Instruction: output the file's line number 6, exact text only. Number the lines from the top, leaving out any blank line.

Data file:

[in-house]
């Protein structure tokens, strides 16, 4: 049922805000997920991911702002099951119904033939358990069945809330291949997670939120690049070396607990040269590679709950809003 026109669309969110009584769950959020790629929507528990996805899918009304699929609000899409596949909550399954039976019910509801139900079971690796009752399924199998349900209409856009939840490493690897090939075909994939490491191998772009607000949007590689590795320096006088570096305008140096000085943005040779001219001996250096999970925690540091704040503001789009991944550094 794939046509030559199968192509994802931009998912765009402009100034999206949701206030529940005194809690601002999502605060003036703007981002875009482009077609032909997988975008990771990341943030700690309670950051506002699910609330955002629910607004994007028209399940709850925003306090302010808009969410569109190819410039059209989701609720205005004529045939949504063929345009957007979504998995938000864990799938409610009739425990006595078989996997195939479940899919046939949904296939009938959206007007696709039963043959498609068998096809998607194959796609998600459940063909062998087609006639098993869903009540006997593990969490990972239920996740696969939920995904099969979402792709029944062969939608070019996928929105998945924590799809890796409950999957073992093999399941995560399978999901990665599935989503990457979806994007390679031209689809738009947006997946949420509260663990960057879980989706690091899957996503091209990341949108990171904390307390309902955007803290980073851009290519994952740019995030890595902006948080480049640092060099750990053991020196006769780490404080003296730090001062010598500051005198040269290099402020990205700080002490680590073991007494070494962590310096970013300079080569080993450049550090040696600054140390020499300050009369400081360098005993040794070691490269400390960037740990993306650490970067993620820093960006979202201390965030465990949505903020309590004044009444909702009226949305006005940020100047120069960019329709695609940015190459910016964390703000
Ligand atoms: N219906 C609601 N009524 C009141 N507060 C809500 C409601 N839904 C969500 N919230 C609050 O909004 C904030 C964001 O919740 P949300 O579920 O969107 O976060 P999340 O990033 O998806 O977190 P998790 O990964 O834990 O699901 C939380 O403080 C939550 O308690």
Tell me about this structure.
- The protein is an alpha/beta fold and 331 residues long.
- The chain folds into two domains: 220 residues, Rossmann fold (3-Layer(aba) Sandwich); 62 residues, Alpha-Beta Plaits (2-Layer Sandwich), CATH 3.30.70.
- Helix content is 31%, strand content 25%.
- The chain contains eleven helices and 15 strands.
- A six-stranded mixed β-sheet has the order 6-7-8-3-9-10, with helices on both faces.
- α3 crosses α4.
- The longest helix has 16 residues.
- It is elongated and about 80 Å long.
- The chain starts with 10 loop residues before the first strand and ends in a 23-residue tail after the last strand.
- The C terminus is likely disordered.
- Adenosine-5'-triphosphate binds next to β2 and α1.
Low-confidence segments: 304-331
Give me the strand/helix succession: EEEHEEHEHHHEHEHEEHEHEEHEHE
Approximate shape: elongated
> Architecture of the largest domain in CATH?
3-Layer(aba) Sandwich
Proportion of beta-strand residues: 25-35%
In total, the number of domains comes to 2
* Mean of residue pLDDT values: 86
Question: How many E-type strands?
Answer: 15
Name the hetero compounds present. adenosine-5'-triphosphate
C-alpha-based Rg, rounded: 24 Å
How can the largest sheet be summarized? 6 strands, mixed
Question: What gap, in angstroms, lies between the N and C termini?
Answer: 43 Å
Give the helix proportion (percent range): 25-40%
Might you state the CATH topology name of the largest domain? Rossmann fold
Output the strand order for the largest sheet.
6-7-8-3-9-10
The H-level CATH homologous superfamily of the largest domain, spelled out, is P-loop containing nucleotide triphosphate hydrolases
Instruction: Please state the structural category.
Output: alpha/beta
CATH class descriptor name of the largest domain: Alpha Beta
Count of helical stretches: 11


- The chain folds into two domains: 220 residues, Rossmann fold (3-Layer(aba) Sandwich); 62 residues, Alpha-Beta Plaits (2-Layer Sandwich), CATH 3.30.70.